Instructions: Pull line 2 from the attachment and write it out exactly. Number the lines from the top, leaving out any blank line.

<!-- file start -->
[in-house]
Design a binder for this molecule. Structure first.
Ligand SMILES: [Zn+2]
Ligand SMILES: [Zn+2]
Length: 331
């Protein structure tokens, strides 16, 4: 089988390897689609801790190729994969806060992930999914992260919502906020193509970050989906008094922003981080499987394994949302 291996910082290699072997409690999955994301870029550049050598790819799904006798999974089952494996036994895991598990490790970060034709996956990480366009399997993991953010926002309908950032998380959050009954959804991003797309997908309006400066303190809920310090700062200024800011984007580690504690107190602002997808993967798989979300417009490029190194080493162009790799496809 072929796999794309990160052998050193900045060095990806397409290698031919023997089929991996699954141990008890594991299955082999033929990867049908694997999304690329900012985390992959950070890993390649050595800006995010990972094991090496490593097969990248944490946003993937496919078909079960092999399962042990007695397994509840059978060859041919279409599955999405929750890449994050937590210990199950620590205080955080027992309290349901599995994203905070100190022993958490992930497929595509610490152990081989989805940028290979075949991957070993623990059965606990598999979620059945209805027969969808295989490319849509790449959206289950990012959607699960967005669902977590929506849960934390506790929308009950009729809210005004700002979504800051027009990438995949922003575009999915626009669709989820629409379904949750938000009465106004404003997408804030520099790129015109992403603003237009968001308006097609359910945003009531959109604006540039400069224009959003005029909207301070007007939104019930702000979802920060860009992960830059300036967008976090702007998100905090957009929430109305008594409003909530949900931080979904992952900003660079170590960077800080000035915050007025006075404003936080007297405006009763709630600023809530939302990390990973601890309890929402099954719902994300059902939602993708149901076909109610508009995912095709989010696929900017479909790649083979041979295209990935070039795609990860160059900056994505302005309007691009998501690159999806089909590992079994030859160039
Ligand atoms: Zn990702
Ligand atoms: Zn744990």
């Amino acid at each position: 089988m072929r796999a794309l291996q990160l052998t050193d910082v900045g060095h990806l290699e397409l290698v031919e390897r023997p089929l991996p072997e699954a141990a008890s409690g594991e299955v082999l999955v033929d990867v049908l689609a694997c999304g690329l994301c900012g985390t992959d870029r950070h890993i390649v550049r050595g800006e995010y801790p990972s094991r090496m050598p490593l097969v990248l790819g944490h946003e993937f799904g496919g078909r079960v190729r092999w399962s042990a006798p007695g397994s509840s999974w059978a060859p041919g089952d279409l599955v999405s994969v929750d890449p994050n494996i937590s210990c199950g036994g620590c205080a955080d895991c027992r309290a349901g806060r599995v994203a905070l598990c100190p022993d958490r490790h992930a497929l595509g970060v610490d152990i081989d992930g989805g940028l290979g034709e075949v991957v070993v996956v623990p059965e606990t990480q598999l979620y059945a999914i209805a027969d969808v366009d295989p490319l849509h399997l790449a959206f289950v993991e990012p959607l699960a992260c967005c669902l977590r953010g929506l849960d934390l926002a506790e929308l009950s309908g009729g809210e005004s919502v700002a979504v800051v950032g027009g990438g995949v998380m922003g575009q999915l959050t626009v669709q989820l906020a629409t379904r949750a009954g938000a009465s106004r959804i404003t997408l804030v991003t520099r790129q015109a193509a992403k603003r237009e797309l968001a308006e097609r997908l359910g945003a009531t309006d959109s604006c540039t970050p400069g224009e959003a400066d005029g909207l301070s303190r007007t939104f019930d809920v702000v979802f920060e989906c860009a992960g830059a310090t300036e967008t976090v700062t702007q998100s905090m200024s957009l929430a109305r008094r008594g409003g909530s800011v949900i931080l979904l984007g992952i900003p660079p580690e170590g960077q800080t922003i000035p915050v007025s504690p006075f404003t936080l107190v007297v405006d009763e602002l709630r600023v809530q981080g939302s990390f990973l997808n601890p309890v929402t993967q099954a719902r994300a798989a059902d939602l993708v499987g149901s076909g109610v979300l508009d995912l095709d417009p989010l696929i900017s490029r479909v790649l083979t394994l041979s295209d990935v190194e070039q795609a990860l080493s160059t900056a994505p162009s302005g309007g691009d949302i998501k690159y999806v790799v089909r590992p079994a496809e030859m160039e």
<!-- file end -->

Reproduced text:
Design a binder for this molecule. Structure first.